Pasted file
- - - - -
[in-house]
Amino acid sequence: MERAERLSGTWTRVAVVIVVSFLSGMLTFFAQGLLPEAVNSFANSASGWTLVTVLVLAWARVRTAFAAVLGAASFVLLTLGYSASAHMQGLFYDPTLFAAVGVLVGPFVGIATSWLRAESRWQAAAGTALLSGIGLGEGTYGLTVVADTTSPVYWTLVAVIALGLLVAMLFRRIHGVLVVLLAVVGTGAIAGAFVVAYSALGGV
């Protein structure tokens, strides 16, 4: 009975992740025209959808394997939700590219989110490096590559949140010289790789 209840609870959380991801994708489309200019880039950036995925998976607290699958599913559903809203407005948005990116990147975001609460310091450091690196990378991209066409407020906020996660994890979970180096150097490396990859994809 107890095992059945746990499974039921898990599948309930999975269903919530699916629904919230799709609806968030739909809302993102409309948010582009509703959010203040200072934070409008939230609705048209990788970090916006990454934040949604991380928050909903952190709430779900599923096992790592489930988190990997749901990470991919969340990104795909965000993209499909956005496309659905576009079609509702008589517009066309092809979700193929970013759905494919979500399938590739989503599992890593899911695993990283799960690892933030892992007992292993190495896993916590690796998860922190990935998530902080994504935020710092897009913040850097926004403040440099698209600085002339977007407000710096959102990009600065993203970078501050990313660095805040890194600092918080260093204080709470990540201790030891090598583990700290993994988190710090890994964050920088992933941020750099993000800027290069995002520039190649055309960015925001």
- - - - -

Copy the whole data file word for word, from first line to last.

[in-house]
Amino acid sequence: MERAERLSGTWTRVAVVIVVSFLSGMLTFFAQGLLPEAVNSFANSASGWTLVTVLVLAWARVRTAFAAVLGAASFVLLTLGYSASAHMQGLFYDPTLFAAVGVLVGPFVGIATSWLRAESRWQAAAGTALLSGIGLGEGTYGLTVVADTTSPVYWTLVAVIALGLLVAMLFRRIHGVLVVLLAVVGTGAIAGAFVVAYSALGGV
């Protein structure tokens, strides 16, 4: 009975992740025209959808394997939700590219989110490096590559949140010289790789 209840609870959380991801994708489309200019880039950036995925998976607290699958599913559903809203407005948005990116990147975001609460310091450091690196990378991209066409407020906020996660994890979970180096150097490396990859994809 107890095992059945746990499974039921898990599948309930999975269903919530699916629904919230799709609806968030739909809302993102409309948010582009509703959010203040200072934070409008939230609705048209990788970090916006990454934040949604991380928050909903952190709430779900599923096992790592489930988190990997749901990470991919969340990104795909965000993209499909956005496309659905576009079609509702008589517009066309092809979700193929970013759905494919979500399938590739989503599992890593899911695993990283799960690892933030892992007992292993190495896993916590690796998860922190990935998530902080994504935020710092897009913040850097926004403040440099698209600085002339977007407000710096959102990009600065993203970078501050990313660095805040890194600092918080260093204080709470990540201790030891090598583990700290993994988190710090890994964050920088992933941020750099993000800027290069995002520039190649055309960015925001």